The cold made my symptoms of Scleroderma worse. It was November and I was homesick. One morning, my dad called. He was the very first person to wish me a Happy Veteran’s Day. I was over 2000 miles away, but I could feel the warmth and love through the phone. It was an unexpected right of passage and admission to an exclusive club. I could feel how proud he was through the phone.
That phone call from my dad was but one of many gifts and curses of being a veteran. At one time, Veteran’s were percieved as escapees from the Island of Misfit Toys- which they are not. Veteran’s are a group of men and women who were put in harm’s way by many who have never served. Veterans volunteered to do what was asked of them by their country and lived to tell about it. I belong to this group of men and women who have done things I can only imagine. I often have to remind myself I did a thing or two to be in a group of such amazing people.
Being a veteran has also changed my perspective of the spirit of the United States and what it means to me to be a patriot. Growing up, I believed the flag was represented the spirit of the United States. Something almist worshipped. Don’t get me wrong, I follow proper flag protocol and everytime I see it folded and handed to a loved one, I cry. It’s a symbol of patriotism, but i do not have to wave one to proove I love my country.
After coming home to the States from 15 different countries, I have my own ideas about what it means to be a patriot.* The spirit of the United States is in the hearts of it’s citizens; not a beautfully crafted piece of cloth; a red, white and blue bumper sticker or a plastic flag hanging out of the window of a car doing 80 mph. Patriotism is not cheering while sending a Service Member into harm’s way based on hype or anything other than fact. It’s patriotic to make damn sure if sending anyone into harm’s way is the last possible resort. Being a patriot is supporting families of Service Members not with magnets and bumper stickers, but by making sure their loved ones have the equipment they need to do their job so they come home safely to their families. Patriotism is not turning away, but looking at and seeing the true cost of war.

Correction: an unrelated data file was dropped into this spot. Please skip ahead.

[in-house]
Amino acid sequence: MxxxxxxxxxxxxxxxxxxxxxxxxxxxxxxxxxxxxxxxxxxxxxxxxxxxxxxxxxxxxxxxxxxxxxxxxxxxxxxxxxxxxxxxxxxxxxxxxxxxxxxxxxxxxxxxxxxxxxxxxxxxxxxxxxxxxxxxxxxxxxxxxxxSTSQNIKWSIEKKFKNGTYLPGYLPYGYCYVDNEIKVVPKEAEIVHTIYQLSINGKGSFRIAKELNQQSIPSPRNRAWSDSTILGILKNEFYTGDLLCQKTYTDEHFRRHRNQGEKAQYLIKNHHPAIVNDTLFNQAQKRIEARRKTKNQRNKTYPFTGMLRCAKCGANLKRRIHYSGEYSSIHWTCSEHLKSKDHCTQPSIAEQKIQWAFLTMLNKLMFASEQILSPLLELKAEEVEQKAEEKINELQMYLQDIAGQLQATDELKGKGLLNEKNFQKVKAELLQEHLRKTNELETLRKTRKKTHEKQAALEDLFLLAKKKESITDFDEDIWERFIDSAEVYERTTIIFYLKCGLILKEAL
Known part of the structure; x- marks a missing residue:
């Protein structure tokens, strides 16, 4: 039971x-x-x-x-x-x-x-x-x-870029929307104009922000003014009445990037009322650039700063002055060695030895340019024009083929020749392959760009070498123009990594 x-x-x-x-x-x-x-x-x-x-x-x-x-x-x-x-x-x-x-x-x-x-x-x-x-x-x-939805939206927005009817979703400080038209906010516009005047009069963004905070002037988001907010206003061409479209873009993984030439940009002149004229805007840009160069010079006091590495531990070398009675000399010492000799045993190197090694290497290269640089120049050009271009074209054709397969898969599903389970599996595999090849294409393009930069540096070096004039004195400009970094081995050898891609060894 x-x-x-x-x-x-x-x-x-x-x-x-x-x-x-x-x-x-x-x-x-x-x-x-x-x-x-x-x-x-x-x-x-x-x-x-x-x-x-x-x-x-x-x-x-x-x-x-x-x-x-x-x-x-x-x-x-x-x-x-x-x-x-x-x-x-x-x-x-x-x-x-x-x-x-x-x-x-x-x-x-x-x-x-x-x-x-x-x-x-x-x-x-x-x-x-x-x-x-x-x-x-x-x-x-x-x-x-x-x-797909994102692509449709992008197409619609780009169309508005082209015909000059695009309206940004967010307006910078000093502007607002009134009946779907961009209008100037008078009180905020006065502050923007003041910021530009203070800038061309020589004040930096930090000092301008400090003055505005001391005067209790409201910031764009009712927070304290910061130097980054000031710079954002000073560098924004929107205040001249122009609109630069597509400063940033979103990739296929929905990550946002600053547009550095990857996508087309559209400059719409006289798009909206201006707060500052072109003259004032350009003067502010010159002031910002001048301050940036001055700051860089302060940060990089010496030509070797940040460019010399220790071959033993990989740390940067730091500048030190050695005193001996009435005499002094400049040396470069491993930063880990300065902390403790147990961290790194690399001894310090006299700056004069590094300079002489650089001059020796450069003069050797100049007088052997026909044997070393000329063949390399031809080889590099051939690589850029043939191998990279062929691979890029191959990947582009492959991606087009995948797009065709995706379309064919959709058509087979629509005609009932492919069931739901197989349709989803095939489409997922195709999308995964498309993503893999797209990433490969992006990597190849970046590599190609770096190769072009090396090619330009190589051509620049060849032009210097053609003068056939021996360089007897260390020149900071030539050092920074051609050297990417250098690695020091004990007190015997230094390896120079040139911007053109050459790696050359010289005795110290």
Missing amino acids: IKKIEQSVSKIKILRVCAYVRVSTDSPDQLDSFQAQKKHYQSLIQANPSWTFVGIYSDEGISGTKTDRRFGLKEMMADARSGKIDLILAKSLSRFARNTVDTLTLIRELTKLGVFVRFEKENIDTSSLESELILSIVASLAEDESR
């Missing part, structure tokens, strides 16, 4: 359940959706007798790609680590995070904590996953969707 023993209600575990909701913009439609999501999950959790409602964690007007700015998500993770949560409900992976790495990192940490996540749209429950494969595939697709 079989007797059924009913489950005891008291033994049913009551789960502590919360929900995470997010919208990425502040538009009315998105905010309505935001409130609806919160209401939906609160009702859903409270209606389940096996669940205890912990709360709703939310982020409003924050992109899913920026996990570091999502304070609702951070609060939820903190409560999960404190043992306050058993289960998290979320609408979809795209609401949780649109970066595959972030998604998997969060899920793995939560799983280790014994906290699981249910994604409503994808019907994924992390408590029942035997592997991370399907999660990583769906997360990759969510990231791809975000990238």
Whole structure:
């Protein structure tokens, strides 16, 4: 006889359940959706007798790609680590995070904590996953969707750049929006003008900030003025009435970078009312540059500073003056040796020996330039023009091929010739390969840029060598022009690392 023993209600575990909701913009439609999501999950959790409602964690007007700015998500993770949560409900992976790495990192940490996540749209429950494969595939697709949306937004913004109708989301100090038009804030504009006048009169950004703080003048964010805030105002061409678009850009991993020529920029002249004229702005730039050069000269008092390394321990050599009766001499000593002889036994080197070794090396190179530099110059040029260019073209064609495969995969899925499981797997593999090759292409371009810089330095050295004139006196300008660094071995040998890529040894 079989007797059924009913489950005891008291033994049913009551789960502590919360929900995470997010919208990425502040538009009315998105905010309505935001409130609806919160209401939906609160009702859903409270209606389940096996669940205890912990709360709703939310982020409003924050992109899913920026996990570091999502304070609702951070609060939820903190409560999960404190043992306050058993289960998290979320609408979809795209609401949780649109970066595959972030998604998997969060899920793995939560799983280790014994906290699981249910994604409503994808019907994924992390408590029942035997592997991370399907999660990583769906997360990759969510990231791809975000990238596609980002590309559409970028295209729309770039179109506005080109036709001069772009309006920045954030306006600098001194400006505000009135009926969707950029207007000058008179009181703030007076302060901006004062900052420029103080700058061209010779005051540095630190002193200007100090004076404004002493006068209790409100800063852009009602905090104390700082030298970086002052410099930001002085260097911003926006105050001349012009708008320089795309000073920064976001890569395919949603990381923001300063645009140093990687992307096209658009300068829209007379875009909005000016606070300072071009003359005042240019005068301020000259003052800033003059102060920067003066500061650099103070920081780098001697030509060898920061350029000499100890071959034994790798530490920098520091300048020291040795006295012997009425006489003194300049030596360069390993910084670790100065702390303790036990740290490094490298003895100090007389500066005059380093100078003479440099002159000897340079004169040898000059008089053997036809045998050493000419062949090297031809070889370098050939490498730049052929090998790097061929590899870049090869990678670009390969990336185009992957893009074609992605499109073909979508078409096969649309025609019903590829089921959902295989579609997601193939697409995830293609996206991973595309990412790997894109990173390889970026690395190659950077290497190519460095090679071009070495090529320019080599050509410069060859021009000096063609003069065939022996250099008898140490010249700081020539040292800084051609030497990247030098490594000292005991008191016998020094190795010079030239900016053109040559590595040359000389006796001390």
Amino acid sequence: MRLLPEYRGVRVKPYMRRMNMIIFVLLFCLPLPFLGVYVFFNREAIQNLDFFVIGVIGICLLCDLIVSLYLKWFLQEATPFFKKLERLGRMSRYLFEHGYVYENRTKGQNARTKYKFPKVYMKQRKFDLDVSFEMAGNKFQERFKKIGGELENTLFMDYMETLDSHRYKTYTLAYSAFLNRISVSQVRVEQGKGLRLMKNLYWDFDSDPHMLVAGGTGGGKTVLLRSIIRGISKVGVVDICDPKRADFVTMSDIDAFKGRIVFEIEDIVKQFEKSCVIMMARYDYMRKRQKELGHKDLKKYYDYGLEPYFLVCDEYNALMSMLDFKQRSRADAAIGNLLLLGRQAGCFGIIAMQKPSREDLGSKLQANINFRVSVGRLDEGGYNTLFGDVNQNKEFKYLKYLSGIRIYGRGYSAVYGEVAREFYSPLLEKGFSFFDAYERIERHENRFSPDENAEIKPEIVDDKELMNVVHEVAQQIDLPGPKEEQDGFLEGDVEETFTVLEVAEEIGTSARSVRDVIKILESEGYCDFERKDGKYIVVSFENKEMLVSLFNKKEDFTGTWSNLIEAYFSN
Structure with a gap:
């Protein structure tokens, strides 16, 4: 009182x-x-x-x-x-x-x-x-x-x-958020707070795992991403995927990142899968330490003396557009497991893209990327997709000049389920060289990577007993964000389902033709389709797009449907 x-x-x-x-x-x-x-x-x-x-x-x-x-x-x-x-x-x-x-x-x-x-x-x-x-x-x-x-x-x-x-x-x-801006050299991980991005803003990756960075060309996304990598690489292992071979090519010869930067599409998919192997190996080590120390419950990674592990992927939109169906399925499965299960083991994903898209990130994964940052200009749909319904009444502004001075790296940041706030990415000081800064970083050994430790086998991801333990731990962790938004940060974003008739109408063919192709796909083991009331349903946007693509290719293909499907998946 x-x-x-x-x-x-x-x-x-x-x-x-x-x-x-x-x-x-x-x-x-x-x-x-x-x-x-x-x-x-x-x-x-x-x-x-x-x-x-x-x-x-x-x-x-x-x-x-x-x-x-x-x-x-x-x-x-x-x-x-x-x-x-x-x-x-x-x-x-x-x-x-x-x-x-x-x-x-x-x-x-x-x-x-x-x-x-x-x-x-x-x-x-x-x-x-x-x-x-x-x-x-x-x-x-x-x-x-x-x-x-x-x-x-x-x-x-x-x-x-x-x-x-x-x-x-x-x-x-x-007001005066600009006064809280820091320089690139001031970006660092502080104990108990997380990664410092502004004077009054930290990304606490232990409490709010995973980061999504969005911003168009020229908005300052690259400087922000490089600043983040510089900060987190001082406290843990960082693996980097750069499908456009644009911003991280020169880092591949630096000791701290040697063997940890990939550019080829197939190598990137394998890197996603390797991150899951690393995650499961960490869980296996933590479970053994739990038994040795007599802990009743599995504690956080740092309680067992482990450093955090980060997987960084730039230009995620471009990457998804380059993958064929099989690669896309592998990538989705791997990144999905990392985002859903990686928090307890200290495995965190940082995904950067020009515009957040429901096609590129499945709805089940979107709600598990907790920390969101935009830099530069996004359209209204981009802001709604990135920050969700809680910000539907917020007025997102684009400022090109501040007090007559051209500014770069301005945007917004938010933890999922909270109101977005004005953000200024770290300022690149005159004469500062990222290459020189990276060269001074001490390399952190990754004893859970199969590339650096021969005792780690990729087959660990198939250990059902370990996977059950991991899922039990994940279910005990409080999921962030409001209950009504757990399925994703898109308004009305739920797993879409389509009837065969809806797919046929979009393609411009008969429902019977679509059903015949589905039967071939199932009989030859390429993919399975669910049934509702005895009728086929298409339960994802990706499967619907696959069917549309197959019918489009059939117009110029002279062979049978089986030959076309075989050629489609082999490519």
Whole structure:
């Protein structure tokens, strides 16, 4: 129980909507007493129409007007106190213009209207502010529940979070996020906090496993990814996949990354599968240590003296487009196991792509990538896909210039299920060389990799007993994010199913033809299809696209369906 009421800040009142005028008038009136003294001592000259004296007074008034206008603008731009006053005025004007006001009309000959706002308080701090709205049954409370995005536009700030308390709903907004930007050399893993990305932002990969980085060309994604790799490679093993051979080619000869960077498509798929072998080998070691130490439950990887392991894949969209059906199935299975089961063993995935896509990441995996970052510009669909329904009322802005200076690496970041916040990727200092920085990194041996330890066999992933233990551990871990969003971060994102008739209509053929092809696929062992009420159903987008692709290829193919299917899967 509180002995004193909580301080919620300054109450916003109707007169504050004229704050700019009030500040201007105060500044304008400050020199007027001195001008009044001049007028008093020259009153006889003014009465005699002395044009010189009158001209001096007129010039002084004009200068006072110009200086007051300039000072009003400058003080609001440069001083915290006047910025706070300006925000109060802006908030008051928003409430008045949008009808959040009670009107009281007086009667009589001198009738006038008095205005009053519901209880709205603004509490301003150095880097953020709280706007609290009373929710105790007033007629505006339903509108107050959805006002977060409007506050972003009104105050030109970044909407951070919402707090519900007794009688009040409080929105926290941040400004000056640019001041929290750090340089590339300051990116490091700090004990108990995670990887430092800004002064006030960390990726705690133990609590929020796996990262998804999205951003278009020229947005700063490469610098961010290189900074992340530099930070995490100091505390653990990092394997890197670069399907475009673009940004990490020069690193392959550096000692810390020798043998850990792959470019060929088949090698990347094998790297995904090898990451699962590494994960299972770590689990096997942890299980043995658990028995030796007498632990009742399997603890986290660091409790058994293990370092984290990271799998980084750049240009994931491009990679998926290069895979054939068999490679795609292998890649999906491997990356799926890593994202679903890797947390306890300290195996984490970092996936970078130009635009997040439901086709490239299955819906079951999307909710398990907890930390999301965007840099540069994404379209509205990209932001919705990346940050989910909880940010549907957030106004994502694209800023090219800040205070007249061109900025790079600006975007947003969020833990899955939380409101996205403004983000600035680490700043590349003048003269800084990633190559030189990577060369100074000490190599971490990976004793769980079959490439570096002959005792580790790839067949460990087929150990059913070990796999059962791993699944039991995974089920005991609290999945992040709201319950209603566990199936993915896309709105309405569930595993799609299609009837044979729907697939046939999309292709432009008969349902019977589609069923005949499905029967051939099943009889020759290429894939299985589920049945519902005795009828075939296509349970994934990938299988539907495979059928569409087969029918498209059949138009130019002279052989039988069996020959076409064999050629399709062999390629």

As a veteran, I also belong to a proud group of people in my family. I do not say tradition, because I think no one should feel obligated to serve just because someone in their family has. On the Vasquez side, I joined my father, grandfather and great grandfather. On the Curiale side, I joined my mom’s brother, my grandfather and my cousin Frank, who like many Veterans, his life was taken far too soon. Frank passed away in 2010 from complications due to Agent Orange. Like many Vietnam Veterans, he was denied the care he needed until it was too late. I visit the Veteran’s hospital as a patient often. I see young men and women young enough to be my children with very visible injuries and invisible ones that are tucked away deep inside. Their pain, suffering and premature death is the true cost of war.
This Veteran’s Day or Memorial Day during the celebrations, parades and department store sales, take a moment to remember Veterans as people. Not symbols but people who took an oath to stand in harm’s way for their country and do what was ordered by many who have never been in harm’s way. Take one moment and think of Veterans who came back psycholgically and physically maimed. Think of the Service Members who never got the chance to be Veterans, brought home to their families in flag drapped coffins. Take a moment and think of the sacrifice of a minority of the citizens of this country. Is there a better day to think than Veteran’s Day? Yes, every day there is a Service Member far from home in harm’s way. Stop waving your flag for just a minute and think.
*It’s different for everyone and these are my feelings and opinions.* Cheers
Excerpts from this post were taken from Scleroderma, Sarcoidosis and Box Wine from the post dated 11/11/2010. Also written by Karen Vasquez